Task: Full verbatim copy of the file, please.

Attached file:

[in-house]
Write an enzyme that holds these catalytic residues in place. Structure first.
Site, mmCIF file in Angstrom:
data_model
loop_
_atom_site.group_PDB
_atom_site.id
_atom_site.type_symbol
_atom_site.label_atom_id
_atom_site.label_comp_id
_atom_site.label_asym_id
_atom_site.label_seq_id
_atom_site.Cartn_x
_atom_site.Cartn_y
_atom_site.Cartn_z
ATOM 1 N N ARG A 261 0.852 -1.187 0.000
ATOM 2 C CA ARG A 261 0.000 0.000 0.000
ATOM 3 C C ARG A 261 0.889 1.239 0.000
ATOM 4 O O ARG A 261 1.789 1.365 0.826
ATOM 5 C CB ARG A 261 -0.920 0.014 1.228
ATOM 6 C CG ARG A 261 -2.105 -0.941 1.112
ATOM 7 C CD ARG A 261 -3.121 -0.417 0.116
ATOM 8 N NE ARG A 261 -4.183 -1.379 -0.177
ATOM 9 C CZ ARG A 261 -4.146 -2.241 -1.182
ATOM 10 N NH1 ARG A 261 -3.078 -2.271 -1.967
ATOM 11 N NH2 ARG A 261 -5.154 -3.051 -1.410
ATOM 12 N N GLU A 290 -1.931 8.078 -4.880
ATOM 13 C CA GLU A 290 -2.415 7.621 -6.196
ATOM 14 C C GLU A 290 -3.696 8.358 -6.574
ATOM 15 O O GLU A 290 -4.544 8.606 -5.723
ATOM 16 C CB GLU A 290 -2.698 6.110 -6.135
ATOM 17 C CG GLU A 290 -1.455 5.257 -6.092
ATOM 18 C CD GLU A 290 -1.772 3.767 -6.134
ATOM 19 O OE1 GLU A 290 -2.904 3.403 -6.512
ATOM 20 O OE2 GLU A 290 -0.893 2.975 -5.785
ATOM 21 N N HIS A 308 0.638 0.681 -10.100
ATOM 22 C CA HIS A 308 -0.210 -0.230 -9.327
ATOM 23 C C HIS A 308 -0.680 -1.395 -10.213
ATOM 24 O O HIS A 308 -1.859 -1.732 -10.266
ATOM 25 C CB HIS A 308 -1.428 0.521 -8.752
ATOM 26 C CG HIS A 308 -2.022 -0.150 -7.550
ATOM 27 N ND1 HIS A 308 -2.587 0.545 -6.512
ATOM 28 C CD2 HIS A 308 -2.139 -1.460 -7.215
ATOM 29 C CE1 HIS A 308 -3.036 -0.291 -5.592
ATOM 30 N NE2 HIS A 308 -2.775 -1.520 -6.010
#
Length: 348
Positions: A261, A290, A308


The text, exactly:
[in-house]
Write an enzyme that holds these catalytic residues in place. Structure first.
Site, mmCIF file in Angstrom:
data_model
loop_
_atom_site.group_PDB
_atom_site.id
_atom_site.type_symbol
_atom_site.label_atom_id
_atom_site.label_comp_id
_atom_site.label_asym_id
_atom_site.label_seq_id
_atom_site.Cartn_x
_atom_site.Cartn_y
_atom_site.Cartn_z
ATOM 1 N N ARG A 261 0.852 -1.187 0.000
ATOM 2 C CA ARG A 261 0.000 0.000 0.000
ATOM 3 C C ARG A 261 0.889 1.239 0.000
ATOM 4 O O ARG A 261 1.789 1.365 0.826
ATOM 5 C CB ARG A 261 -0.920 0.014 1.228
ATOM 6 C CG ARG A 261 -2.105 -0.941 1.112
ATOM 7 C CD ARG A 261 -3.121 -0.417 0.116
ATOM 8 N NE ARG A 261 -4.183 -1.379 -0.177
ATOM 9 C CZ ARG A 261 -4.146 -2.241 -1.182
ATOM 10 N NH1 ARG A 261 -3.078 -2.271 -1.967
ATOM 11 N NH2 ARG A 261 -5.154 -3.051 -1.410
ATOM 12 N N GLU A 290 -1.931 8.078 -4.880
ATOM 13 C CA GLU A 290 -2.415 7.621 -6.196
ATOM 14 C C GLU A 290 -3.696 8.358 -6.574
ATOM 15 O O GLU A 290 -4.544 8.606 -5.723
ATOM 16 C CB GLU A 290 -2.698 6.110 -6.135
ATOM 17 C CG GLU A 290 -1.455 5.257 -6.092
ATOM 18 C CD GLU A 290 -1.772 3.767 -6.134
ATOM 19 O OE1 GLU A 290 -2.904 3.403 -6.512
ATOM 20 O OE2 GLU A 290 -0.893 2.975 -5.785
ATOM 21 N N HIS A 308 0.638 0.681 -10.100
ATOM 22 C CA HIS A 308 -0.210 -0.230 -9.327
ATOM 23 C C HIS A 308 -0.680 -1.395 -10.213
ATOM 24 O O HIS A 308 -1.859 -1.732 -10.266
ATOM 25 C CB HIS A 308 -1.428 0.521 -8.752
ATOM 26 C CG HIS A 308 -2.022 -0.150 -7.550
ATOM 27 N ND1 HIS A 308 -2.587 0.545 -6.512
ATOM 28 C CD2 HIS A 308 -2.139 -1.460 -7.215
ATOM 29 C CE1 HIS A 308 -3.036 -0.291 -5.592
ATOM 30 N NE2 HIS A 308 -2.775 -1.520 -6.010
#
Length: 348
Positions: A261, A290, A308